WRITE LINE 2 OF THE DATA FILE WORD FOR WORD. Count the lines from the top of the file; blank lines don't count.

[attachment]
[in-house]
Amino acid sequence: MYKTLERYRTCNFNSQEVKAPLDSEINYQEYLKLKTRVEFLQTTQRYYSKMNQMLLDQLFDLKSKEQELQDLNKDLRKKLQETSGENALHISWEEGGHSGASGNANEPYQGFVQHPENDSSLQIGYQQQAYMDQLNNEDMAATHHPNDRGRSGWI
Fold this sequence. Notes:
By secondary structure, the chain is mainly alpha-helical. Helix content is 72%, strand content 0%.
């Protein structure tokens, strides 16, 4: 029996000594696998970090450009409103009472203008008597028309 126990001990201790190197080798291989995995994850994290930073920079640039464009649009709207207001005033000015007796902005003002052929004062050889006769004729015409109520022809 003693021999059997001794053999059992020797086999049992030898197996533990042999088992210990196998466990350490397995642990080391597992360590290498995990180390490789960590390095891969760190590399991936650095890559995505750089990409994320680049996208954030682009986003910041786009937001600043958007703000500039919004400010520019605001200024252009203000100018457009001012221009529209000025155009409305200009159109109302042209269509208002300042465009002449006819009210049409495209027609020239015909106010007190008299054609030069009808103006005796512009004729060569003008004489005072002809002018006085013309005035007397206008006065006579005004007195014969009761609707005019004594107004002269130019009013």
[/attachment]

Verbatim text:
Amino acid sequence: MYKTLERYRTCNFNSQEVKAPLDSEINYQEYLKLKTRVEFLQTTQRYYSKMNQMLLDQLFDLKSKEQELQDLNKDLRKKLQETSGENALHISWEEGGHSGASGNANEPYQGFVQHPENDSSLQIGYQQQAYMDQLNNEDMAATHHPNDRGRSGWI